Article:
Tuesday, March 28, 2006
I write the following sentence on the board: Millard Fillmore was a know nothing. I ask students to tell me what the sentence means.
“Well…..somebody isn’t too smart,” a student volunteers.
Another comment is added. “That guy, Mil-, Mil-. That Mil- guy doesn’t know nothing.” I ignore the grammatical error. At this point it will just confuse them.
I try to turn students in another direction. “What are nouns?”
Someone regurgitates “Words that name people, places, ideas, and things.”
I counter with, “What’s our strategy to find nouns?” Several seconds go by. I hold up my board marker and point to it. Several hands go up.
“We look for noun markers like the words a, an, and the.”
“Good, take a look at the sentence again. What do you see?”
“Know nothing is a noun. It has an “a” in front of it.”
“Yes. So is Millard Fillmore stupid?”
“No, somebody is calling him a name.”
“What else do you notice about the words “Know” and “Nothing”?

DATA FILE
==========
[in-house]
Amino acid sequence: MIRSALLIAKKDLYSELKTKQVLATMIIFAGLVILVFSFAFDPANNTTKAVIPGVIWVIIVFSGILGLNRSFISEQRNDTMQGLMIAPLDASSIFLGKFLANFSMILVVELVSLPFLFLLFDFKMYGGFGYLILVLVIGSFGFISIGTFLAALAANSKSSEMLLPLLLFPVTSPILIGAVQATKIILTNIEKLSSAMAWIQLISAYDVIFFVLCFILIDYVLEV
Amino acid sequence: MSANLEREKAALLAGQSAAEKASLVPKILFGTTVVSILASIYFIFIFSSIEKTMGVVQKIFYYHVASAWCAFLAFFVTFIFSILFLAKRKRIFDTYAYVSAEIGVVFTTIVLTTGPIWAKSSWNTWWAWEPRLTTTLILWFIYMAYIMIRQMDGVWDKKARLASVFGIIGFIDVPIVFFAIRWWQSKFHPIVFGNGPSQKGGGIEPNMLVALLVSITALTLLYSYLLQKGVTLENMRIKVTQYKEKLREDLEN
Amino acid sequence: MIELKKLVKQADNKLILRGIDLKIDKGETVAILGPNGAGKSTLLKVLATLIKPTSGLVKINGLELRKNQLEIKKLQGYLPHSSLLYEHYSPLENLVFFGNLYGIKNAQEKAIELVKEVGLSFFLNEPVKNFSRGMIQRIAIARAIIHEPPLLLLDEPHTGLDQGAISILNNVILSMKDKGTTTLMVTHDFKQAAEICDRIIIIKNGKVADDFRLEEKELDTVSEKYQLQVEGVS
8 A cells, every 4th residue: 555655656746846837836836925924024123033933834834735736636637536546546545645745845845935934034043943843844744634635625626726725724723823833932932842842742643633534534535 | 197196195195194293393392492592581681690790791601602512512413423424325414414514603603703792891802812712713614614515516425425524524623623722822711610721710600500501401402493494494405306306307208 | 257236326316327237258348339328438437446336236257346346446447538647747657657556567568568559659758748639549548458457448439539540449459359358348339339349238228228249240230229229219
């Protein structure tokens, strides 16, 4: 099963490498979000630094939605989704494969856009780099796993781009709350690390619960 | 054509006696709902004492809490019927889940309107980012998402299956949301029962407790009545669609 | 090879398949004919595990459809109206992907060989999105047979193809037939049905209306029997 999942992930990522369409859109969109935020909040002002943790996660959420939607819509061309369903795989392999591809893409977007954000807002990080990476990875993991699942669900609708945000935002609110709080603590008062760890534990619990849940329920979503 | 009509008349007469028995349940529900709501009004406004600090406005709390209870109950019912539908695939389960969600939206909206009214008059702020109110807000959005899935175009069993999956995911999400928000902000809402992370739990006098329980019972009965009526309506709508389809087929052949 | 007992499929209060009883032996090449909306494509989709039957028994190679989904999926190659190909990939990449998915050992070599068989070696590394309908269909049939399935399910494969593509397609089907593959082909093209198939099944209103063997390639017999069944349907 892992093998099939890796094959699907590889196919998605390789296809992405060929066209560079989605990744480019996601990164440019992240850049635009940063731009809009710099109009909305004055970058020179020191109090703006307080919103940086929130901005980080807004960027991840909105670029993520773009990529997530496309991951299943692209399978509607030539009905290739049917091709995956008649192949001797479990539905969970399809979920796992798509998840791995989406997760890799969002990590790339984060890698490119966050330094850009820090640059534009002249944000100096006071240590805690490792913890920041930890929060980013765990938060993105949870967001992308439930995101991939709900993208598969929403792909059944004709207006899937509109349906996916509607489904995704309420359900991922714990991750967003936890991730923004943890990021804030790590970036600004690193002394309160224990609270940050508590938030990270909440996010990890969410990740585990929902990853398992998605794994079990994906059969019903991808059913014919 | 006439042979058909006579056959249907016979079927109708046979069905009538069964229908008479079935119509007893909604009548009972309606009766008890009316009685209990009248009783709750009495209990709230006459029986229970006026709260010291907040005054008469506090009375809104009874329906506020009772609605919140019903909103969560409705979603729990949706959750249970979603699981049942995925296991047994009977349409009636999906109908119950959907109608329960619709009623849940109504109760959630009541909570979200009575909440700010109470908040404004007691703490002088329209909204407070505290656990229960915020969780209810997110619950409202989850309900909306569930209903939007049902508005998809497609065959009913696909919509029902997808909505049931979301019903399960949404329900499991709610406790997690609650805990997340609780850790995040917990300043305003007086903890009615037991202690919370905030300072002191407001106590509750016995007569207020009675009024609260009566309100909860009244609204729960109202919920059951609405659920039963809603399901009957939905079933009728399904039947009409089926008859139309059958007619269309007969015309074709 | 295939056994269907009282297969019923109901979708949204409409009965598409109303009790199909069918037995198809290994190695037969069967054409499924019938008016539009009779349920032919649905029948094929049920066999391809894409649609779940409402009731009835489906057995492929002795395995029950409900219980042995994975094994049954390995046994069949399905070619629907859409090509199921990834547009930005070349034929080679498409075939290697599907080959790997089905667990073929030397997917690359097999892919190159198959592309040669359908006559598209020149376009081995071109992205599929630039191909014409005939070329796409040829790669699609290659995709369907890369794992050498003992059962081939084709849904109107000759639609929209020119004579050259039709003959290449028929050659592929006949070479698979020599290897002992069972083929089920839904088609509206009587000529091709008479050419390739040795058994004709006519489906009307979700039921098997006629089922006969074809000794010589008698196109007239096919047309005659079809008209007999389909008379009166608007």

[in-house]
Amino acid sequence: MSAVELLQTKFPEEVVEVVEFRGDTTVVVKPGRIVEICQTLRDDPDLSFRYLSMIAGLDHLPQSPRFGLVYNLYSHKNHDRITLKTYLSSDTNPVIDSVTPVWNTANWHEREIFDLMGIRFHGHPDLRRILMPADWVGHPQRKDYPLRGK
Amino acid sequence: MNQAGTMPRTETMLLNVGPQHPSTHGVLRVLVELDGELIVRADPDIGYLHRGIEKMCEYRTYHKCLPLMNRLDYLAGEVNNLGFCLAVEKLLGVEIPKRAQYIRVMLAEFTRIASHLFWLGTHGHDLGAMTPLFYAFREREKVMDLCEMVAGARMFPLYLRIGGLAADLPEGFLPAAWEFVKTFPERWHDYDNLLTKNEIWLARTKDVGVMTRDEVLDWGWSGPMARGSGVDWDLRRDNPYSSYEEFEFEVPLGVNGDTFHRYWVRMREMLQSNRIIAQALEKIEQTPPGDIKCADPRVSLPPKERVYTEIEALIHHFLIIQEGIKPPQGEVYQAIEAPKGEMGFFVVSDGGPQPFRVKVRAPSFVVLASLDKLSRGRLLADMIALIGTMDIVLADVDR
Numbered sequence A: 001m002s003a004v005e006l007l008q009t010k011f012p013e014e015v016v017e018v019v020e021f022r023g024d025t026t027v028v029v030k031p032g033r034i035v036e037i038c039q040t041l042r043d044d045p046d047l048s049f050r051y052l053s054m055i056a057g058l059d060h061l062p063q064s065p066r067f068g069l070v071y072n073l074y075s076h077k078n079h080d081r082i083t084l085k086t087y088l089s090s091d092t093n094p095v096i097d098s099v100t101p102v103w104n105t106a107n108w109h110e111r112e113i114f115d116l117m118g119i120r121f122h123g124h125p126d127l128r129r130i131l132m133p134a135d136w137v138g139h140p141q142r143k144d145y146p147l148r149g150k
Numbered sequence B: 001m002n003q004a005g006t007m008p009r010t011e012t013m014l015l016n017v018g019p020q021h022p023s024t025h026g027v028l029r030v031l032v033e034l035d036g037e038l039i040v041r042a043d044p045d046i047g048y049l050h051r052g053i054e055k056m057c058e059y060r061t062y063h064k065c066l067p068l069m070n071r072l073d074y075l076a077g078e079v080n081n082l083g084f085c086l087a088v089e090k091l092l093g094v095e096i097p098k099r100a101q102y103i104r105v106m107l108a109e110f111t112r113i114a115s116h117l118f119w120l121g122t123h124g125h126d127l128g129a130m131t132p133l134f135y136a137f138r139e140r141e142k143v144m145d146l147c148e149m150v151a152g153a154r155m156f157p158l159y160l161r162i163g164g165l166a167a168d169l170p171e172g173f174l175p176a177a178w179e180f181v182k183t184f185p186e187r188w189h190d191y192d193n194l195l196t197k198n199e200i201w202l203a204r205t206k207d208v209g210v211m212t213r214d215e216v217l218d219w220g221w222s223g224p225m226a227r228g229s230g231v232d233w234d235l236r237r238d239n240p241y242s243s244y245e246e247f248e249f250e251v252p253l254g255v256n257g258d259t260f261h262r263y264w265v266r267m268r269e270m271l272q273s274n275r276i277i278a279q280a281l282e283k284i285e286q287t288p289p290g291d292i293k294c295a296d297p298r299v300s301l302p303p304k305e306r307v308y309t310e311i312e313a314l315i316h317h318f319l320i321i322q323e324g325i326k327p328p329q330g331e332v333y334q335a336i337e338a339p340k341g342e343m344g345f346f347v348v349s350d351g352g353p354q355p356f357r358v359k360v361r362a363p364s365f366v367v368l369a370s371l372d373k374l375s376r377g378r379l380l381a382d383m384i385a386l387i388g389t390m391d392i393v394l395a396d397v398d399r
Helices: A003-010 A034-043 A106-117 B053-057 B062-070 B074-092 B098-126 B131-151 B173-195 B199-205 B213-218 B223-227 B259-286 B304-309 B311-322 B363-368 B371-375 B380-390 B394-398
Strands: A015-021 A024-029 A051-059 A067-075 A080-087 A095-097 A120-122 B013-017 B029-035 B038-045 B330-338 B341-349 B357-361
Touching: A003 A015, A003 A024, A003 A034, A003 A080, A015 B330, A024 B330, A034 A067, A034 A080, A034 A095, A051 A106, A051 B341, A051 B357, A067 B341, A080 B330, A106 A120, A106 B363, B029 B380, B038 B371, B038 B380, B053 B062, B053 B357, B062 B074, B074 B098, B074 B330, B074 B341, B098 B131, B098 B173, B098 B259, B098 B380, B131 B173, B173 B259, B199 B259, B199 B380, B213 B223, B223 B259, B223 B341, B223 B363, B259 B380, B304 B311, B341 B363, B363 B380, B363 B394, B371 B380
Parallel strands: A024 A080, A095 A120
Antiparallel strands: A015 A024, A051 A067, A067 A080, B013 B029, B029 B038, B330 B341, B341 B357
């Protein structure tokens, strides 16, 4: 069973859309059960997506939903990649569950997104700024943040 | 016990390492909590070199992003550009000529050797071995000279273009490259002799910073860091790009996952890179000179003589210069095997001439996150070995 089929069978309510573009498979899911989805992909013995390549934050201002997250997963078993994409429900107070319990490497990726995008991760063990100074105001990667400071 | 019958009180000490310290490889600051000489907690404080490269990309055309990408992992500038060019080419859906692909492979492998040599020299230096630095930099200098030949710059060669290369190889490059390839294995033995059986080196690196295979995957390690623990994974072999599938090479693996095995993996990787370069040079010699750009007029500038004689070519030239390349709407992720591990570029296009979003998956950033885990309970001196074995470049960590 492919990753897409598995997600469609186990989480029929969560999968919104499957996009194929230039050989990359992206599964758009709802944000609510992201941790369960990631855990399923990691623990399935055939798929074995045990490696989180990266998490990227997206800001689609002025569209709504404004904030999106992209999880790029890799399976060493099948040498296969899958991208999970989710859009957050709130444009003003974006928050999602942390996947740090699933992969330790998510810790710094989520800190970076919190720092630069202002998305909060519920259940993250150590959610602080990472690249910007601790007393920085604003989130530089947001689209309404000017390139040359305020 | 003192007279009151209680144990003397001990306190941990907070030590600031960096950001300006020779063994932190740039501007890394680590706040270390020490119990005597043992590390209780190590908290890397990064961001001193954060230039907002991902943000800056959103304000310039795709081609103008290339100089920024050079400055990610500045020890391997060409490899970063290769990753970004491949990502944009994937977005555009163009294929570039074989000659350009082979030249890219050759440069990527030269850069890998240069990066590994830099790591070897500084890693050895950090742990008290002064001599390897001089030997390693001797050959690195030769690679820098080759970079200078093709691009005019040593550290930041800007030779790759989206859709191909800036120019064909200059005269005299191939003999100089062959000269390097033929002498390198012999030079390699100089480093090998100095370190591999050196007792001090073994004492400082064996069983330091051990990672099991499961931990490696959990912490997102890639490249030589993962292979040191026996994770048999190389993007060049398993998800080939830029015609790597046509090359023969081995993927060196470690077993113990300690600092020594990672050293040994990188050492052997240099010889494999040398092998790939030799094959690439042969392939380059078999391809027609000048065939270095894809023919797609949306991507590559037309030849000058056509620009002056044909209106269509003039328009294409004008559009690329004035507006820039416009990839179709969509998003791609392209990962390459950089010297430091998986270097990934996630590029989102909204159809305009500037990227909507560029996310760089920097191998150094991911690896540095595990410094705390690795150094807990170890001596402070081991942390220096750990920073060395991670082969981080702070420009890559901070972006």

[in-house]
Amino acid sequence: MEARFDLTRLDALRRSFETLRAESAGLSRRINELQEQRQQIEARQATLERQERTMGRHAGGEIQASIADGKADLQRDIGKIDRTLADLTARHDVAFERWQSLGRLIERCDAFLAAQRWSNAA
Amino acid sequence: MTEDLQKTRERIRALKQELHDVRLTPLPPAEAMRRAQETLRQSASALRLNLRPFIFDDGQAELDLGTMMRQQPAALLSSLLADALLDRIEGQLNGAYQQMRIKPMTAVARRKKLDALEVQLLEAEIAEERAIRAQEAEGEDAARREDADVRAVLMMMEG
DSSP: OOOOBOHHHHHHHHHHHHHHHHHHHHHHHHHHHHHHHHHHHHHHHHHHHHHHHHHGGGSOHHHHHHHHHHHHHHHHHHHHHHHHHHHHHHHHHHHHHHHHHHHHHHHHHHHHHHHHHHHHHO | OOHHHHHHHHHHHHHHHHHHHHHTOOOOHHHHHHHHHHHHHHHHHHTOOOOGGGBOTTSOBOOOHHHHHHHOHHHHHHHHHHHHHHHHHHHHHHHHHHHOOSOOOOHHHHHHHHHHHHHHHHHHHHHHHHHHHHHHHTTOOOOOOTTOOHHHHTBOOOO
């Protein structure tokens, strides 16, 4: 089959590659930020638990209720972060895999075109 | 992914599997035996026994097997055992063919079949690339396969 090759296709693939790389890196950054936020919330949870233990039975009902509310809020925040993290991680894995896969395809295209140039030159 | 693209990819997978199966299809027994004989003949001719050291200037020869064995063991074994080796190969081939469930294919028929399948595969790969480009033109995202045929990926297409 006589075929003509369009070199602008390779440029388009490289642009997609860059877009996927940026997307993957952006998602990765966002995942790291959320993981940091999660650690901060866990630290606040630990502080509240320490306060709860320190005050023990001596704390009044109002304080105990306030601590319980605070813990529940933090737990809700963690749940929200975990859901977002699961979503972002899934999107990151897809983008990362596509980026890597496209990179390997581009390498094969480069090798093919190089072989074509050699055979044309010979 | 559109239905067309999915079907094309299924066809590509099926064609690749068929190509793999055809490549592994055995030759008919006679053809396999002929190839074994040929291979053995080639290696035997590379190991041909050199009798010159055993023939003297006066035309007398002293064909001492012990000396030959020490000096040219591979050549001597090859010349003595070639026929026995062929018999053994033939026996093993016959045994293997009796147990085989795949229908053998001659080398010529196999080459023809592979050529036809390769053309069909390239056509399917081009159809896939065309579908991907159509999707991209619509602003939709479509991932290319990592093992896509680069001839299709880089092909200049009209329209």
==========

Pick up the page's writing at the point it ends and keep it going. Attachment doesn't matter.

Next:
After several tries someone tells me that the words are capitalized. I counter with a “So what?”
A show of hands. I choose someone. “Know-Nothing is a name for something.”
“Yes, but a name for what?”
I end our little language arts episode by telling students that Millard Fillmore was our 13th president and he was a member of a group called the Know-Nothings. I tell students their goal during the lesson is to determine how Fillmore became a Know-Nothing and what the group represented.
Would you like to find out what we learned? Head on over to the American Presidents blog where I posted the rest of the story. You’ll have to scroll down past the part you’ve already read.